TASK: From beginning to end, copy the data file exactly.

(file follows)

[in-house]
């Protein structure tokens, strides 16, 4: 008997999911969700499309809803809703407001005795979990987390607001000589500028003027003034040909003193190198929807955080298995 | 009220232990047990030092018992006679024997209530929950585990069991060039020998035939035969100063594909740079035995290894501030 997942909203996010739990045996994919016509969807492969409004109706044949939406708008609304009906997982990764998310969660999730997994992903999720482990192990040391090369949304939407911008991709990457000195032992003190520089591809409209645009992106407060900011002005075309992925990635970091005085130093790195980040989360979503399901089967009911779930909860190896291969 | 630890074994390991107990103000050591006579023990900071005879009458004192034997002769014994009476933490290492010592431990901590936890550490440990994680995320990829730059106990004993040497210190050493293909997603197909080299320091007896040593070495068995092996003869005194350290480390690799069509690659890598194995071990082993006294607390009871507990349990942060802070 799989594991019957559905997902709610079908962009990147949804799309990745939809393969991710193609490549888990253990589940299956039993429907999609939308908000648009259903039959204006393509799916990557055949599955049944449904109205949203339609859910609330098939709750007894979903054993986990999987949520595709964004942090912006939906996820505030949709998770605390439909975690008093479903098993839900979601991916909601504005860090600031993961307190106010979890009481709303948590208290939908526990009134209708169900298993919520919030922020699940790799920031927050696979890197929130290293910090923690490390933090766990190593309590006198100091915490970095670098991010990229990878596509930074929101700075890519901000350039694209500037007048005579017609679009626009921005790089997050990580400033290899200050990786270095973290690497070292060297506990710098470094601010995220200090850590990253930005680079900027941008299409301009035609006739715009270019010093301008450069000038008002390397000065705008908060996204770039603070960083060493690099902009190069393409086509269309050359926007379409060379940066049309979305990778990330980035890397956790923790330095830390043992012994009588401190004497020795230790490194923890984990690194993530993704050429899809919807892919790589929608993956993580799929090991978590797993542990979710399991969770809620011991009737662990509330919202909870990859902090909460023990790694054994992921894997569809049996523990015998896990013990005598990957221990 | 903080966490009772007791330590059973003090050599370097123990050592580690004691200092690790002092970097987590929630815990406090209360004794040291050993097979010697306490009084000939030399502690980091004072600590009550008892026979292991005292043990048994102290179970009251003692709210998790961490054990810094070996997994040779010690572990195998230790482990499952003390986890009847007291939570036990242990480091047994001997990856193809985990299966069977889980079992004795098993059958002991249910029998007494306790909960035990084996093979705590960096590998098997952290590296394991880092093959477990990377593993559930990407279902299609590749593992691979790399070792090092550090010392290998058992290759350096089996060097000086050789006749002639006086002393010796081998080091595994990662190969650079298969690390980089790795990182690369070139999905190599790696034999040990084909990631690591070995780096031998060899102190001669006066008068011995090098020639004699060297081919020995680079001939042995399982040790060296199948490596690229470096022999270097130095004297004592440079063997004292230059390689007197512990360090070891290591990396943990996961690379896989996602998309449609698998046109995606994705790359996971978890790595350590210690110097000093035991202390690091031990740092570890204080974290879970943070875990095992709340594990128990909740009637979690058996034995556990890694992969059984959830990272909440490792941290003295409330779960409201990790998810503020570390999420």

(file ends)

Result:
[in-house]
């Protein structure tokens, strides 16, 4: 008997999911969700499309809803809703407001005795979990987390607001000589500028003027003034040909003193190198929807955080298995 | 009220232990047990030092018992006679024997209530929950585990069991060039020998035939035969100063594909740079035995290894501030 997942909203996010739990045996994919016509969807492969409004109706044949939406708008609304009906997982990764998310969660999730997994992903999720482990192990040391090369949304939407911008991709990457000195032992003190520089591809409209645009992106407060900011002005075309992925990635970091005085130093790195980040989360979503399901089967009911779930909860190896291969 | 630890074994390991107990103000050591006579023990900071005879009458004192034997002769014994009476933490290492010592431990901590936890550490440990994680995320990829730059106990004993040497210190050493293909997603197909080299320091007896040593070495068995092996003869005194350290480390690799069509690659890598194995071990082993006294607390009871507990349990942060802070 799989594991019957559905997902709610079908962009990147949804799309990745939809393969991710193609490549888990253990589940299956039993429907999609939308908000648009259903039959204006393509799916990557055949599955049944449904109205949203339609859910609330098939709750007894979903054993986990999987949520595709964004942090912006939906996820505030949709998770605390439909975690008093479903098993839900979601991916909601504005860090600031993961307190106010979890009481709303948590208290939908526990009134209708169900298993919520919030922020699940790799920031927050696979890197929130290293910090923690490390933090766990190593309590006198100091915490970095670098991010990229990878596509930074929101700075890519901000350039694209500037007048005579017609679009626009921005790089997050990580400033290899200050990786270095973290690497070292060297506990710098470094601010995220200090850590990253930005680079900027941008299409301009035609006739715009270019010093301008450069000038008002390397000065705008908060996204770039603070960083060493690099902009190069393409086509269309050359926007379409060379940066049309979305990778990330980035890397956790923790330095830390043992012994009588401190004497020795230790490194923890984990690194993530993704050429899809919807892919790589929608993956993580799929090991978590797993542990979710399991969770809620011991009737662990509330919202909870990859902090909460023990790694054994992921894997569809049996523990015998896990013990005598990957221990 | 903080966490009772007791330590059973003090050599370097123990050592580690004691200092690790002092970097987590929630815990406090209360004794040291050993097979010697306490009084000939030399502690980091004072600590009550008892026979292991005292043990048994102290179970009251003692709210998790961490054990810094070996997994040779010690572990195998230790482990499952003390986890009847007291939570036990242990480091047994001997990856193809985990299966069977889980079992004795098993059958002991249910029998007494306790909960035990084996093979705590960096590998098997952290590296394991880092093959477990990377593993559930990407279902299609590749593992691979790399070792090092550090010392290998058992290759350096089996060097000086050789006749002639006086002393010796081998080091595994990662190969650079298969690390980089790795990182690369070139999905190599790696034999040990084909990631690591070995780096031998060899102190001669006066008068011995090098020639004699060297081919020995680079001939042995399982040790060296199948490596690229470096022999270097130095004297004592440079063997004292230059390689007197512990360090070891290591990396943990996961690379896989996602998309449609698998046109995606994705790359996971978890790595350590210690110097000093035991202390690091031990740092570890204080974290879970943070875990095992709340594990128990909740009637979690058996034995556990890694992969059984959830990272909440490792941290003295409330779960409201990790998810503020570390999420």